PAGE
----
“The idea is to tweak the concrete composition, texture and design, so that structures like seawalls or armor units that make up ports, marinas and city waterfront will enhance marine flora and fauna.”
Dr. Ido Sella, CTO & Chief Engineer of ECOncrete.
ECOncrete’s Patented Win-Win solution
ECOncrete’s proprietary technology is based on three scientific elements that work in synergy: A bio-enhancing concrete admix increases the structure’s strength and reduces concrete acidity, creating marine optimal chemistry that allows sedentary sea life, like oysters, tube worms, tunicates, and corals to grow. Rough surface textures mimic natural formations, allowing these calcium carbonate-based organisms to encrust the concrete — storing carbon dioxide, providing a layer of bioprotection which strengthens over time, and defending from chemical erosion and scouring. Locally-attuned 3D designs resemble previous habitats, fostering the growth of native plants and animals, while performing to industry standards and creating beautiful spaces for us humans to explore. All together, these three biomimetic elements transform lifeless concrete coasts into ecologically designed blue-infrastructure.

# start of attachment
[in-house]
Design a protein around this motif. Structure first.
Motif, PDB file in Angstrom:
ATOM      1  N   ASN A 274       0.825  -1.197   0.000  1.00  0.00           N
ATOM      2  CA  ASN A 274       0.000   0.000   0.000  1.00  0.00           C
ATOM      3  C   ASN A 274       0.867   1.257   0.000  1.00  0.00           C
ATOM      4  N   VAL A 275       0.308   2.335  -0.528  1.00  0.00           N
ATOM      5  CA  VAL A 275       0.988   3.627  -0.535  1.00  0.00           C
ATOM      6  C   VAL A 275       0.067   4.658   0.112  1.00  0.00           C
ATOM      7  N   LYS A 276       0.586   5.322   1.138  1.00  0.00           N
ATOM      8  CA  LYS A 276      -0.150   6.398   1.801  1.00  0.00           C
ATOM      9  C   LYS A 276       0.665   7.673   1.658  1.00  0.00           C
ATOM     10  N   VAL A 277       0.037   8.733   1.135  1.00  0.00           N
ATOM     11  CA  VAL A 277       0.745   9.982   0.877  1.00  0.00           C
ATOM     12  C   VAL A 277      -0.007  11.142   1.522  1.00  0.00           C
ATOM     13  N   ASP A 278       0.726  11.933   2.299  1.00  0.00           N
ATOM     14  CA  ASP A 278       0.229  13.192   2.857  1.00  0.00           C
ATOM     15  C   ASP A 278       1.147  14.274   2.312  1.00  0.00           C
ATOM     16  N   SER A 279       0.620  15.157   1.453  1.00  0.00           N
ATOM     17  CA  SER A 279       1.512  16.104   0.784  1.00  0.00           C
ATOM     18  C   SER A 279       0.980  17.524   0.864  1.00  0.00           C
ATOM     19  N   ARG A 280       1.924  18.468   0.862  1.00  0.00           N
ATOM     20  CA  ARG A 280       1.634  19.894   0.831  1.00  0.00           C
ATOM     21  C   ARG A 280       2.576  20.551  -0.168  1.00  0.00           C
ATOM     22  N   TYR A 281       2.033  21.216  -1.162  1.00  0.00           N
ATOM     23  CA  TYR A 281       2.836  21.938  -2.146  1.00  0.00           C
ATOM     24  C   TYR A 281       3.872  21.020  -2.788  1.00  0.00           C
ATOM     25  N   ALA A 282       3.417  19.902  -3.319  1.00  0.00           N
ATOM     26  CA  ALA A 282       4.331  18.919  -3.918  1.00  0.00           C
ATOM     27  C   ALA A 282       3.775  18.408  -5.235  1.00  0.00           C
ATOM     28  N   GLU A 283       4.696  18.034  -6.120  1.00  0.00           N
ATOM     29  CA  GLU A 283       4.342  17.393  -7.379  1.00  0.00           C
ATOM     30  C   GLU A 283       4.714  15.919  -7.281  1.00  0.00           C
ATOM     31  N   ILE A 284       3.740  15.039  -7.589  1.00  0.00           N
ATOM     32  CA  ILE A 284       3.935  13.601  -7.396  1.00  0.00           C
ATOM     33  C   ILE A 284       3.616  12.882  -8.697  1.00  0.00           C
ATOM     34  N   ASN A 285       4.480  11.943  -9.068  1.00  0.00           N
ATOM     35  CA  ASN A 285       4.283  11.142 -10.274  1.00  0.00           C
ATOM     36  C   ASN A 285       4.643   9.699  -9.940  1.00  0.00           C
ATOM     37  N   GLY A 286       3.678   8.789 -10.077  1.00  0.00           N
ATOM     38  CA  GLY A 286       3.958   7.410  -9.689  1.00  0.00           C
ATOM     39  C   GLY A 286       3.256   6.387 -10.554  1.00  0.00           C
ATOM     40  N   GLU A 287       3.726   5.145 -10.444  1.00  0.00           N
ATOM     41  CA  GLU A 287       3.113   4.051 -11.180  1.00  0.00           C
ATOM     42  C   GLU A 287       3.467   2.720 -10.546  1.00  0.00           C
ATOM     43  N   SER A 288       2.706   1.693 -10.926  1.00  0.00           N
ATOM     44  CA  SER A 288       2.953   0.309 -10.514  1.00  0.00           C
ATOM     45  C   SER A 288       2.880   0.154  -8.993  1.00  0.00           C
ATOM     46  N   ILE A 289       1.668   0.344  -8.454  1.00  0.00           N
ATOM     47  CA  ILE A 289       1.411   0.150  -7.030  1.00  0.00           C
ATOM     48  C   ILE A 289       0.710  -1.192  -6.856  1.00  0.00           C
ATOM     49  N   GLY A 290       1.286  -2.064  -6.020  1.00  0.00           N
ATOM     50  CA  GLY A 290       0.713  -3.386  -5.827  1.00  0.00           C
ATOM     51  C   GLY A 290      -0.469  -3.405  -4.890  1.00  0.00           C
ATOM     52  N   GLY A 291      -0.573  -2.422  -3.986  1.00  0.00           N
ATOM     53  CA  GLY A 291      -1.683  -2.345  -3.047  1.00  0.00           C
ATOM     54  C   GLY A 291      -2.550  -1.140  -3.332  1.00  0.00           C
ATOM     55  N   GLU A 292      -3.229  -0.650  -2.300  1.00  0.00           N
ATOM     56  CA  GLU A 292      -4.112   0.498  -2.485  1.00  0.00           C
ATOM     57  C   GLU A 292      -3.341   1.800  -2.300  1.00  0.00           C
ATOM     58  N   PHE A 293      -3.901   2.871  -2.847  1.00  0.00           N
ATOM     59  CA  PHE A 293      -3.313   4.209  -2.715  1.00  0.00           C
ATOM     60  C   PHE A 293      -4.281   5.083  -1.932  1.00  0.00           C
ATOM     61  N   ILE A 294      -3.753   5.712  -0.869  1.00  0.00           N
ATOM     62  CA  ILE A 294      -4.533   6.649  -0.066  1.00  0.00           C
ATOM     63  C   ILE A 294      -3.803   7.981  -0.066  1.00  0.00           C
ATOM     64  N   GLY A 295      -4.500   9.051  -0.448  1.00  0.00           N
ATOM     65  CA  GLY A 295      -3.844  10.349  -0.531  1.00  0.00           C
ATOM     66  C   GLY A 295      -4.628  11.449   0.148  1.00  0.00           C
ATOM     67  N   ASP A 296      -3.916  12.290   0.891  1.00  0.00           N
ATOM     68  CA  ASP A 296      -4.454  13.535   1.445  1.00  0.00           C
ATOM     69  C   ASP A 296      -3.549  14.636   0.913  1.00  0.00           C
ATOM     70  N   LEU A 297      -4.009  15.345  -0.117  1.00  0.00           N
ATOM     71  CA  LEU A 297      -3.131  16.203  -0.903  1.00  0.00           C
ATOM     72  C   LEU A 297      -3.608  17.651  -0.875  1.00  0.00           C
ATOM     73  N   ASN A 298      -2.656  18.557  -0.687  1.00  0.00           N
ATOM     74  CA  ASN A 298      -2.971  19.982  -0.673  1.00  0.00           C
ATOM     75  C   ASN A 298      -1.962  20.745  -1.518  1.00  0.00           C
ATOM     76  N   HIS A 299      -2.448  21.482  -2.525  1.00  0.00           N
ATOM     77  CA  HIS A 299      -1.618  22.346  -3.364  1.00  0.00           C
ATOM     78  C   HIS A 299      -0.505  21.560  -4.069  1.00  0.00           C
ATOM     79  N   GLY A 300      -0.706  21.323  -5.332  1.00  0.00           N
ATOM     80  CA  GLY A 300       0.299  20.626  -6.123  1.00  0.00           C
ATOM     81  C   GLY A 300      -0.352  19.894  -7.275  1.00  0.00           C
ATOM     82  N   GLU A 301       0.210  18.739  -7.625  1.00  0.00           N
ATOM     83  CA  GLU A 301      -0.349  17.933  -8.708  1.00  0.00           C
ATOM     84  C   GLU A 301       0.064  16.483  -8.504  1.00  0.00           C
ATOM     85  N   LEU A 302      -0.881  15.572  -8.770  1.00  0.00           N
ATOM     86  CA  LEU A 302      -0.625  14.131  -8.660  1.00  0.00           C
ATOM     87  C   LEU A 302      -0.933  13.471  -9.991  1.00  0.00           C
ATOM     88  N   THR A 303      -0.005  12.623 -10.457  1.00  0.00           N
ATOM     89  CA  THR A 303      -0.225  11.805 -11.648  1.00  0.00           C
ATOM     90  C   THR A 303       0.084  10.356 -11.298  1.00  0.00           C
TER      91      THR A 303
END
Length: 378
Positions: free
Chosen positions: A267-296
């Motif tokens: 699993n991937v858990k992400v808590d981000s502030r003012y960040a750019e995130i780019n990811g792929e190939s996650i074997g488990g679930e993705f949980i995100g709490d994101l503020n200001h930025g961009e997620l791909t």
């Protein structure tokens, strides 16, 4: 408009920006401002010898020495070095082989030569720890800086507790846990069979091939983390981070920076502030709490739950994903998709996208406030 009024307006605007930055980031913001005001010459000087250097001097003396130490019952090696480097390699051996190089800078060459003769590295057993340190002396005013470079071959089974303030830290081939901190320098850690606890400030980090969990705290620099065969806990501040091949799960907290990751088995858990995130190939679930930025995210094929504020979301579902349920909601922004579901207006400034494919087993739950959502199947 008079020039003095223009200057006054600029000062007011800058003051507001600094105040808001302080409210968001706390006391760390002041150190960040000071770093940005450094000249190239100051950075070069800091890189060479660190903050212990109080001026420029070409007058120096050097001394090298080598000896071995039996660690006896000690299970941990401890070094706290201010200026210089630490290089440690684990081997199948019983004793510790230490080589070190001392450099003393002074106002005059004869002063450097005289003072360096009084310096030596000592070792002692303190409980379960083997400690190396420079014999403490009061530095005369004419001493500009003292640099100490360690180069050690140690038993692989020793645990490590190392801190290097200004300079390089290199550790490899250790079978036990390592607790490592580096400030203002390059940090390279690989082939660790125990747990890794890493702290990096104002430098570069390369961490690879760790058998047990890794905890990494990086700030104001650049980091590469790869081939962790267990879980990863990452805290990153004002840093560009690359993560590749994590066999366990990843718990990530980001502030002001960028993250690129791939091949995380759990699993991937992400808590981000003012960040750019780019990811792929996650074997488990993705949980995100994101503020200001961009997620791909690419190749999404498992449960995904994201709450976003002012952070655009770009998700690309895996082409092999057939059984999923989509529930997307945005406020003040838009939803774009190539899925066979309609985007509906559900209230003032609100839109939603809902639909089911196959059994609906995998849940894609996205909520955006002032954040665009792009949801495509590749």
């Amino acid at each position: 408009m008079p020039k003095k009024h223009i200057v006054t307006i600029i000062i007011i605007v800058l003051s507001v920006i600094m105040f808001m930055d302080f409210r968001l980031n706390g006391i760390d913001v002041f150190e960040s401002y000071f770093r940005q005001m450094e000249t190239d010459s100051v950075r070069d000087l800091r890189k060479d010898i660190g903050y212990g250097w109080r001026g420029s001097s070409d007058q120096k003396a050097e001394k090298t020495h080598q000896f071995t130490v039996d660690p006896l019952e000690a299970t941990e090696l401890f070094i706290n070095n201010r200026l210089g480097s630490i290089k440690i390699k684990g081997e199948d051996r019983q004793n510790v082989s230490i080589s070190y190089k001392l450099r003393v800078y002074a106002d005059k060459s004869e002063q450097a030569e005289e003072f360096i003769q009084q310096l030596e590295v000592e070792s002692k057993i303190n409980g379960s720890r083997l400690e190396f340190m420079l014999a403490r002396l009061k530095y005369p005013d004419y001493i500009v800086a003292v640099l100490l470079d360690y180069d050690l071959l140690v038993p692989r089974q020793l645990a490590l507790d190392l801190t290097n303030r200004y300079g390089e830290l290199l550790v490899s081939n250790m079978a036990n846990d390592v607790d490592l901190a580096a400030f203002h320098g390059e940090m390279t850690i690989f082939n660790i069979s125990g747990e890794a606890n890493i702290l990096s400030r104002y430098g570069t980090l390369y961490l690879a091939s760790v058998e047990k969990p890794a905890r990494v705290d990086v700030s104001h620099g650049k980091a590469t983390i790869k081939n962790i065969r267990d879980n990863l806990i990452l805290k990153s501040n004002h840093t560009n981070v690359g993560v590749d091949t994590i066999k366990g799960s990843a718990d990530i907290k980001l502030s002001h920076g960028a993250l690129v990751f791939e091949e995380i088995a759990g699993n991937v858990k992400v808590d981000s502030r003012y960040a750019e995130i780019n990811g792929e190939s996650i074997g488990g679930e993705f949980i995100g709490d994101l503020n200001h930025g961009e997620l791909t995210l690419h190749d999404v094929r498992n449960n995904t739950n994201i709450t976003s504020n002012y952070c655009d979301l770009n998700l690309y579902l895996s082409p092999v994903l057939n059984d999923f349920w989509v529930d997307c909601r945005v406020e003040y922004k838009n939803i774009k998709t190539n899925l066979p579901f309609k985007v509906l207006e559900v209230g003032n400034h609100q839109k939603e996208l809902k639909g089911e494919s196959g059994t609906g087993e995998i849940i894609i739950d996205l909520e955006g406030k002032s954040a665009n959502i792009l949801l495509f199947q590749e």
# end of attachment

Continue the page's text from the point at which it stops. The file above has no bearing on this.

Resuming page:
“The most simple and straightforward test for biomimetic design may simply be to see how compatible it is with all surrounding living systems, not just serving humans. ECOncrete’s solution promotes ecological diversity, is safe, and supports the life that is designed around. This design is truly well-adapted for its ecosystems, and that is what ultimately set the solution apart.”
Beth Rattner, Executive Director of The Biomimicry Institute.
ECOncrete Tidepools mimic natural systems, enabling a diversity of life while protecting coastlines.
Inherently Engineered for Climate Change